Charlotte Rampling. Charlotte Rampling’s alluring mix of vulnerability and raw sexuality – as well as an eye for a stand-out Celia Birtwell print – made her a great influencer of style in the 70s, both on-screen and off. But to Rampling, being attractive means more than clothes: "I'm not in any way a master of sex at all, but there's something in me - I know because I can see it when I come on screen - there's some animal thing that emanates. When you go to parties and you see how people turn on their sexuality, that's all I do for a role. You turn on the predator, and you go with it." Grr.

Kate Jackson. Alabama-born actress Kate Jackson completes the trio of original Charlie’s Angels. She played the unofficial leader of the group, Sabrina Duncan, earning her place in fashion history alongside Farah Fawcett and Jaclyn Smith as one of the most popular – and emulated – TV actresses of the 70s. Though she didn’t always feel it... "Sometimes I think the work I do on the show is so obvious that it’s invisible. Sometimes the better an actor is, the less he’s noticed,” she said.

Karen Carpenter. Long-line skirts, high waists and cheery prints personified Karen Carpenter – one smily, clean-cut half of 70s sibling pop duo The Carpenters. Her public persona may have concealed dark personal problems but her free-spirited style remains a beautiful illustration of the era.

Jane Seymour. British-born actress Jane Seymour began the decade as a hard-working ingénue and ended it with her star firmly in the ascendant. Cast as psychic Solitaire in 1973 James Bond classic Live And Let Die, her style was the mix of glamour and coquettishness that was de rigeur in Hollywood at the time.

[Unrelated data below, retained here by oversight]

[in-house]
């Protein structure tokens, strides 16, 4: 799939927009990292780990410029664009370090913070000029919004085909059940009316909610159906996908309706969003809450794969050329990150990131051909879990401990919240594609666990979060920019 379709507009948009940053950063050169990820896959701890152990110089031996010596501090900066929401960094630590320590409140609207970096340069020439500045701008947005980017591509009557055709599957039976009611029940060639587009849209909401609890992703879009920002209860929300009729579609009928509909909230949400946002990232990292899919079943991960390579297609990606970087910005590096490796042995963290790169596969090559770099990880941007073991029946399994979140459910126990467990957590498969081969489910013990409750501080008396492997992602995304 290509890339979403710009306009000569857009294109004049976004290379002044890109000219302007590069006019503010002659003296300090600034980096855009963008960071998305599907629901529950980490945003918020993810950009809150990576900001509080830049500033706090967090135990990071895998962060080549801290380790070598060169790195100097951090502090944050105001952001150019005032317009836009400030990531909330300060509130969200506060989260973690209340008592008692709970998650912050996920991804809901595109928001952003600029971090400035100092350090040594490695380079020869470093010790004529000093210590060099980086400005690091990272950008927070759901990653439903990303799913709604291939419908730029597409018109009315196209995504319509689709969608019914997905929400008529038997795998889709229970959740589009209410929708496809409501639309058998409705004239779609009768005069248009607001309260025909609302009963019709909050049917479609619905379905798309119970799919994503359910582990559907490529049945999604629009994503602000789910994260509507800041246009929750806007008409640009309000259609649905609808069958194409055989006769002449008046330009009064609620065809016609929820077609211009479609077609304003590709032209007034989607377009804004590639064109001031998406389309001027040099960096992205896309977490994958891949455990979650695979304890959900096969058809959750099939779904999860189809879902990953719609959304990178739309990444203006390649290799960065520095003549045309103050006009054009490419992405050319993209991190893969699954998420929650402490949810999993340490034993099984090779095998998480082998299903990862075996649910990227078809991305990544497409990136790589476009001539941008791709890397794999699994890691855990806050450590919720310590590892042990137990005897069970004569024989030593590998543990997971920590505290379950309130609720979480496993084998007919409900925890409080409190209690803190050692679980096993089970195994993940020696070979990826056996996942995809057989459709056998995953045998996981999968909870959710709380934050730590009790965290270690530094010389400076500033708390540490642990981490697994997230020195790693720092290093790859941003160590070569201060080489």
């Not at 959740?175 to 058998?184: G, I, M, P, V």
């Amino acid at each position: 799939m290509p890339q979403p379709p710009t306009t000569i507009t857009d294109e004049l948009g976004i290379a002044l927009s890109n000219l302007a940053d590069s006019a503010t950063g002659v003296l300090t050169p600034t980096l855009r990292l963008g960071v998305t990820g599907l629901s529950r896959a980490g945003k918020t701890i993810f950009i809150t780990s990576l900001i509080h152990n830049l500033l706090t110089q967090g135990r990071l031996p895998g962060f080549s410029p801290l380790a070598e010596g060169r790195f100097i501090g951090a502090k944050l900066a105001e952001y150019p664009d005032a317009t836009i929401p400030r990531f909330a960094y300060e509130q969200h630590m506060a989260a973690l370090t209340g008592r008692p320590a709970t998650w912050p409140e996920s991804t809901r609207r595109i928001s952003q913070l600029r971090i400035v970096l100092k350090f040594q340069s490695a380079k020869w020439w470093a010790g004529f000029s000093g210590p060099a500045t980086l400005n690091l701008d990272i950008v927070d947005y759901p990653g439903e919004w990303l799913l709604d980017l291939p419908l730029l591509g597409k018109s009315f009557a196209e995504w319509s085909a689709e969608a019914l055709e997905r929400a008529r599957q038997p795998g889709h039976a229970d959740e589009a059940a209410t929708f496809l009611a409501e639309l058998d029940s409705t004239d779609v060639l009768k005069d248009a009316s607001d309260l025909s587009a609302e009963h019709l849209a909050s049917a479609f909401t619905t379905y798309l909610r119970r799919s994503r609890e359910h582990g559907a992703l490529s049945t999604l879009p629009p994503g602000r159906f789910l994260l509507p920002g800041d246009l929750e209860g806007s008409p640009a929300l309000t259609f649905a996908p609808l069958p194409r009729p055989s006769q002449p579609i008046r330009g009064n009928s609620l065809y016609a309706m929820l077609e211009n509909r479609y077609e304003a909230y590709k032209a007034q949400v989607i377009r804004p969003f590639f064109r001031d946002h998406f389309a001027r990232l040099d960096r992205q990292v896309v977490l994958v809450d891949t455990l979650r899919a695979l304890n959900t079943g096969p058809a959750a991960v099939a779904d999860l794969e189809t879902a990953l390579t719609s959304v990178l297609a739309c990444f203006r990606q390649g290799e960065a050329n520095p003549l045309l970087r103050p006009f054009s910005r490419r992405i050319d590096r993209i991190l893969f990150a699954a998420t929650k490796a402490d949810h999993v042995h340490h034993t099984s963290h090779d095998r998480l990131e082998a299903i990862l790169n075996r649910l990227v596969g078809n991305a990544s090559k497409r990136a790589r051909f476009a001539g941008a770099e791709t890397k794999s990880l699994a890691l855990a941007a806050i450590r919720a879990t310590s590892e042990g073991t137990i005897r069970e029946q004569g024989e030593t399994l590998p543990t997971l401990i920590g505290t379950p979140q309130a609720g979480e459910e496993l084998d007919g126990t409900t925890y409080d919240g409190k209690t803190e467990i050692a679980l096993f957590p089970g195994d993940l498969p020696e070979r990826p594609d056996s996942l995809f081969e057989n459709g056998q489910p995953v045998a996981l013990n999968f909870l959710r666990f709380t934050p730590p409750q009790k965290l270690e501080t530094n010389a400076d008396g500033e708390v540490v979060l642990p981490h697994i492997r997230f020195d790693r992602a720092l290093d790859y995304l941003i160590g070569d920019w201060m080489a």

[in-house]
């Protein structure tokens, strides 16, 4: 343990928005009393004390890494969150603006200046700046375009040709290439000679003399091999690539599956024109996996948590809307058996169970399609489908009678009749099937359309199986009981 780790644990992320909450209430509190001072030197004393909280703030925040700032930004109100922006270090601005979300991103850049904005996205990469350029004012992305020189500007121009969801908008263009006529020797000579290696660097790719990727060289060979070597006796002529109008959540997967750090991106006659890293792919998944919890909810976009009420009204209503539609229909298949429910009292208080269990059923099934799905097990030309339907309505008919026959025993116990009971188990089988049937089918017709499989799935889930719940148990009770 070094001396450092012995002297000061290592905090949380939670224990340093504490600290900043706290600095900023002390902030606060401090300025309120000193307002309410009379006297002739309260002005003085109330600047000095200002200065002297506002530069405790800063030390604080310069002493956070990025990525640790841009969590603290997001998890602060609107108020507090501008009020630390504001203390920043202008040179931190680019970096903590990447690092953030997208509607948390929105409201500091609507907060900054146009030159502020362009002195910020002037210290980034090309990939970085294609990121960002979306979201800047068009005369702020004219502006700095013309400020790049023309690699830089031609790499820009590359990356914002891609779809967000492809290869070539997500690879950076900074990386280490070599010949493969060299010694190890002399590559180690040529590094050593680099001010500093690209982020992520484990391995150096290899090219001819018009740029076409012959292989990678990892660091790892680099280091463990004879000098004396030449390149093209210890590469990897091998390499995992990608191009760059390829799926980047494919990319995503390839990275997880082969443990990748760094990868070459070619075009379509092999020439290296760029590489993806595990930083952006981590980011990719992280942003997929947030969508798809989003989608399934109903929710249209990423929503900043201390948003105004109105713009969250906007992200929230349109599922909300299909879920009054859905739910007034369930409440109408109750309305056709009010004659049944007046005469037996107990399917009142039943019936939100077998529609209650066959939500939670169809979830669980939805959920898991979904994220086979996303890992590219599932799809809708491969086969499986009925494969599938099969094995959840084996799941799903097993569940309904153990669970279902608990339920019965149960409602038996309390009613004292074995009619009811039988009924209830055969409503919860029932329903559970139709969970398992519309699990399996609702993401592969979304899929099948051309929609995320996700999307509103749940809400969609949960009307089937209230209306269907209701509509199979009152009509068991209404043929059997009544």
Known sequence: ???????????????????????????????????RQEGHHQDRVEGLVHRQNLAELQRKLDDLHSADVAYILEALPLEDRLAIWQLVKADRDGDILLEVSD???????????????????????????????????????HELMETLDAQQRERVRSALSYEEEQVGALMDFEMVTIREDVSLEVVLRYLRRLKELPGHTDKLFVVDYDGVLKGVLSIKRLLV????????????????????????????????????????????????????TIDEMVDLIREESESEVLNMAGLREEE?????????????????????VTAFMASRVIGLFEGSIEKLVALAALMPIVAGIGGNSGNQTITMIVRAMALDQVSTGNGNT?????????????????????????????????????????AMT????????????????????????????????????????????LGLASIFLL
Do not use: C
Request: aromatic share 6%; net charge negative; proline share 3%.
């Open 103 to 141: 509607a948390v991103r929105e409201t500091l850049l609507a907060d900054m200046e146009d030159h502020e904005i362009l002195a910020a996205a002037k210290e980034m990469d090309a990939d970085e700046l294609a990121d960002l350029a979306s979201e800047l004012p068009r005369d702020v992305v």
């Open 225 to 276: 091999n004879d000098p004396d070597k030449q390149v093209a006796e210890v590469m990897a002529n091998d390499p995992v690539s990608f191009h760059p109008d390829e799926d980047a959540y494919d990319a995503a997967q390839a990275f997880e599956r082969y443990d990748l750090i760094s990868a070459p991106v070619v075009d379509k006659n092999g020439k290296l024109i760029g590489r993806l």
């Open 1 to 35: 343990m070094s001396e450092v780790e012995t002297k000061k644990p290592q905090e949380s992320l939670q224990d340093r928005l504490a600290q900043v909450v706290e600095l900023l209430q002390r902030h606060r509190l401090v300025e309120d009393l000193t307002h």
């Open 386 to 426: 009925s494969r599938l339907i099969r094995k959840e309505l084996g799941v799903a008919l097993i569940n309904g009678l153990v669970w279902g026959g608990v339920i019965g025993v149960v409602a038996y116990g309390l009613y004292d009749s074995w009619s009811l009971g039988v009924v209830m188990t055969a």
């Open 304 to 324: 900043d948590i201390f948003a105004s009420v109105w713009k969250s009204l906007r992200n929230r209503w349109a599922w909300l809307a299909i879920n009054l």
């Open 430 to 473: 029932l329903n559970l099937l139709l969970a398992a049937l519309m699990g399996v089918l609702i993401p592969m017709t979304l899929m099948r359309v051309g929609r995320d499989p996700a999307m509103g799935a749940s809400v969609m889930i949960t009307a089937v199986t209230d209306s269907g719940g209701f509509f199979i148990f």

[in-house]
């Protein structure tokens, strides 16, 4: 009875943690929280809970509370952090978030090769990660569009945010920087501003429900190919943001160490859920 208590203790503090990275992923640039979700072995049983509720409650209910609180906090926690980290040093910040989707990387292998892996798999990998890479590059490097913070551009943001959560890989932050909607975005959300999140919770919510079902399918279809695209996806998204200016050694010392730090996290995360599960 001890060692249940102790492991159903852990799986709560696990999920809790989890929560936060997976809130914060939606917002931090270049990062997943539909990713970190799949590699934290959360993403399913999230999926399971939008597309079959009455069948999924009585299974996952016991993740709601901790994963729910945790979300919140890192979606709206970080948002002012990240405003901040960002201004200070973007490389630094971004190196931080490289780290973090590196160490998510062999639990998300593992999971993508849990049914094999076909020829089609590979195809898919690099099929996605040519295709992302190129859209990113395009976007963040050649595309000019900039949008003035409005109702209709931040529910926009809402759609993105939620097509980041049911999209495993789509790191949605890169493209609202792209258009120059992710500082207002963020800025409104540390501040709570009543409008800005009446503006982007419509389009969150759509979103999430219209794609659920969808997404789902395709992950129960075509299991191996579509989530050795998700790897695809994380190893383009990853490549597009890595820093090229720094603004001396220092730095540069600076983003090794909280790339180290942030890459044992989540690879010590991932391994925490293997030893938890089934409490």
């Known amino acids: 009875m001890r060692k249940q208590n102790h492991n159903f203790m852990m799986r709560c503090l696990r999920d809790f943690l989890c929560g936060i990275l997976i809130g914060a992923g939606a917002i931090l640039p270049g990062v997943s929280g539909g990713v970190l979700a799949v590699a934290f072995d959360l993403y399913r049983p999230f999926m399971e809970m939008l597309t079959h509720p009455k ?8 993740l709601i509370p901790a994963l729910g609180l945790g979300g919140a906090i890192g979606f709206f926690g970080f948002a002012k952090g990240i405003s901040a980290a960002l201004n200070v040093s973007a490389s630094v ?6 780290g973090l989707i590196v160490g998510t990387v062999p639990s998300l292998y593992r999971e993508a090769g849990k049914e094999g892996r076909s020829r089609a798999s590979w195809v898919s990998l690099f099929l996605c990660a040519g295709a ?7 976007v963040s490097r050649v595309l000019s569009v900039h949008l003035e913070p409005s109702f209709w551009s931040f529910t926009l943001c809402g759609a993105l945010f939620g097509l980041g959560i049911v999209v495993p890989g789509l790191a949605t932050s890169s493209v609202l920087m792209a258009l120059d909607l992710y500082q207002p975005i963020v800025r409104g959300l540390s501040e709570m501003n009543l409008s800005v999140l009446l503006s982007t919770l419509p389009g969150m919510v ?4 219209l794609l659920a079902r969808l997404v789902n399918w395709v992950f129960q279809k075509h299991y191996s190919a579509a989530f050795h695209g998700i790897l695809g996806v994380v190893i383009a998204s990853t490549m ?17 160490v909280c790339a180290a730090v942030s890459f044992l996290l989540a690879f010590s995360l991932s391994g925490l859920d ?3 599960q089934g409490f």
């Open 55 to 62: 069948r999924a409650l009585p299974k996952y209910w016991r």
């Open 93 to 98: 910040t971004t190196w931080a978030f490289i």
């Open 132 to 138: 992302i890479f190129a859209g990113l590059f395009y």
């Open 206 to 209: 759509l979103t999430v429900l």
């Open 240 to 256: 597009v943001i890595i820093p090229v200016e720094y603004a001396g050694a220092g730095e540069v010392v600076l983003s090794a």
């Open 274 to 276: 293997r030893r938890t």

Shelley Duvall. With her huge eyes and bird-like figure, Texan actress Shelley Duvall’s kooky beauty – not to mention the fact that she made her name in horror films – afford her a cult 70s status. She may have described herself during the era as “a pretty little twit”, but her impact on fashion remains; US designer Porter Grey was inspired by the actress’ turn in The Shining for the coming season.

Joan Jett. “Aggressive, tough and defiant may describe me, but that leaves the impression I'm mean and I'm not. People expect me to have fangs.” So says Joan Jett, ‘poster’ girl of The Runaways – if that weren’t too much of a contradiction in terms. One of the original rock chicks, Jett was too busy making loud, ballsy music to adhere to trends. Her signature look? Leather jackets, band Ts and Converse.

Anita Pallenberg. The original rock groupie, Anita Pallenberg’s sexpot style was dubbed "evil glamour" by her on-off friend Marianne Faithfull. Having ripped up the 60s in renegade heart-shaped glasses, feather boas and suede jackets, Pallenberg adopted a more grown-up look in the 70s in satins, kaftans and flares. Although the decade ended badly for her, musician John Phillips summed her up as “so clever, so European, so built... She exuded a stylish and playful decadence that was at once intellectual, sultry, and mischievous”.